Lamb – What Sound

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Album Review by Mark Bayross

The third album from curiously-named Manchester electronica duo Lamb marks the first time the band have worked with a co-producer – Guy Sigsworth. They have also taken this opportunity to broaden the scope of their sound and rope in a number of guest musicians along the way.

The opening title track sets the scene – swirling keyboards are punctuated halfway through by clattering beats. This tension is carried across the rest of the record – fragile soundscapes do battle with a raft of industrial beats and noises, creating an organic, ghost-in-the-machine ambience similar to Björk’s latest work.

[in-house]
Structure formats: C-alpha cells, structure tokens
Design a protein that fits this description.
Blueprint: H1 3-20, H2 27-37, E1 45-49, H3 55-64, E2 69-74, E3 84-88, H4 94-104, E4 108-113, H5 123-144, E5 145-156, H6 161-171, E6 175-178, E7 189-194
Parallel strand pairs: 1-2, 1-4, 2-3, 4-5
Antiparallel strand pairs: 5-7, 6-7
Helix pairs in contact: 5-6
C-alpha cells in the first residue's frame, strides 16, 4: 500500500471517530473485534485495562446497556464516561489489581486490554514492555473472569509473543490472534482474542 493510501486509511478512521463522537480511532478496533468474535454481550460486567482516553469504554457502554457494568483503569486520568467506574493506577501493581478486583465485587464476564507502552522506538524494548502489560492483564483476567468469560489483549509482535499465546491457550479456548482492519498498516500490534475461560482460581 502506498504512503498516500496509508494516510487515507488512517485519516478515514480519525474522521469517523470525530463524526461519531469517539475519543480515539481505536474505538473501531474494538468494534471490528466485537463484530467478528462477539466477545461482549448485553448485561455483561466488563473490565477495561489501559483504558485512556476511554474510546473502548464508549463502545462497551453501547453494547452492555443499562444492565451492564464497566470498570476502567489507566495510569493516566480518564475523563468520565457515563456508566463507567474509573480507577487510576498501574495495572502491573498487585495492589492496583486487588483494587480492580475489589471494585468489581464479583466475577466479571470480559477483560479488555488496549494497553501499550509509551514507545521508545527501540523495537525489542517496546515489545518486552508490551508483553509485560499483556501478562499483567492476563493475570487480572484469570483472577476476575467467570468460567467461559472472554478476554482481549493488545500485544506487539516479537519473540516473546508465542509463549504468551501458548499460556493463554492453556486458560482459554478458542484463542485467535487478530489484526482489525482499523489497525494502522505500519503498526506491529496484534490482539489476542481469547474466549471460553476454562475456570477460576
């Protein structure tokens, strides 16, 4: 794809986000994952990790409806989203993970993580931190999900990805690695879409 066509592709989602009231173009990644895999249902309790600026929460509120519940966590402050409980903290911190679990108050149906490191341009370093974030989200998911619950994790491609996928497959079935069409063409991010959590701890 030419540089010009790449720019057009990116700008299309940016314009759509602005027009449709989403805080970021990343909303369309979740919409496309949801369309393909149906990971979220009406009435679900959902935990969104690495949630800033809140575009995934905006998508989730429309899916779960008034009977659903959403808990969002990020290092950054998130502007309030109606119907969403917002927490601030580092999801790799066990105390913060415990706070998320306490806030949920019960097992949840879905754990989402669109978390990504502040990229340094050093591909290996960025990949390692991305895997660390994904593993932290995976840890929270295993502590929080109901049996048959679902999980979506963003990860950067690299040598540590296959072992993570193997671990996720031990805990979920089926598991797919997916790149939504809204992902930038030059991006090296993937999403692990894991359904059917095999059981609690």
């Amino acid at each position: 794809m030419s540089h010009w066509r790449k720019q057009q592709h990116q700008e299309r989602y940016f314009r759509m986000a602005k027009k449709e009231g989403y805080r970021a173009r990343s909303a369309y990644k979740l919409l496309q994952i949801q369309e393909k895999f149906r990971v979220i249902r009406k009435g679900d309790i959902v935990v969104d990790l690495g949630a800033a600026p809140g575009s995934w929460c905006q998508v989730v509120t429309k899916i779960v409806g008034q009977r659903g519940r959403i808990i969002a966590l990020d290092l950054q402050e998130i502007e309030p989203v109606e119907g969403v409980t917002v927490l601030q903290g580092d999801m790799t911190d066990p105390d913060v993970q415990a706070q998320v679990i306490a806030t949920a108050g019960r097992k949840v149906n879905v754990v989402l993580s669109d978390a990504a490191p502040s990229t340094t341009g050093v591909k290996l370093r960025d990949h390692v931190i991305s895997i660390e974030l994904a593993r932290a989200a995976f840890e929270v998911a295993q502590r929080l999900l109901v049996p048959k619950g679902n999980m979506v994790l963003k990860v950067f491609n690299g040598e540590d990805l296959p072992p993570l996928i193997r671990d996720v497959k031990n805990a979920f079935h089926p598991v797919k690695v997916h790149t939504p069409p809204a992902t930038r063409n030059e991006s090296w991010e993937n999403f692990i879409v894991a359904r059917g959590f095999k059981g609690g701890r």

At times, such as on the mesmerising ONE and the stunning single GABRIEL the layers of sound build into a tantric mass of epic proportions, very different from the playful quirky electronics of SMALL.

The addition of guest musicians was a smart move. Jimi Goodwin of Doves provides an acoustic strum on the Cocteau Twins-y THIS COULD BE HEAVEN, while Michael Franti’s deep tones appear in the middle of I CRY. But top prize must go to the ultra-talented Me’shell Ndegeocello, whose virtuoso slap-bass on SWEET really kicks the album into gear.

The obligatory scratch-filled instrumental (helpfully called SCRATCH BASS) is also more than just filler – a chunky piece of dark techno with all manner of cross-channel trickery courtesy of the Scratch Perverts’ Tony Vega.

Veering from big beat to jazz via avant-garde Aphex-style electronica, Lamb have delivered an impressive, varied album. Not every song’s a winner, and the more stripped-down tracks (WRITTEN IN YOUR NAME, for one) expose the fragility of Lou Rhodes’ voice, but then that’s probably intentional.

Worth investigating.

4 stars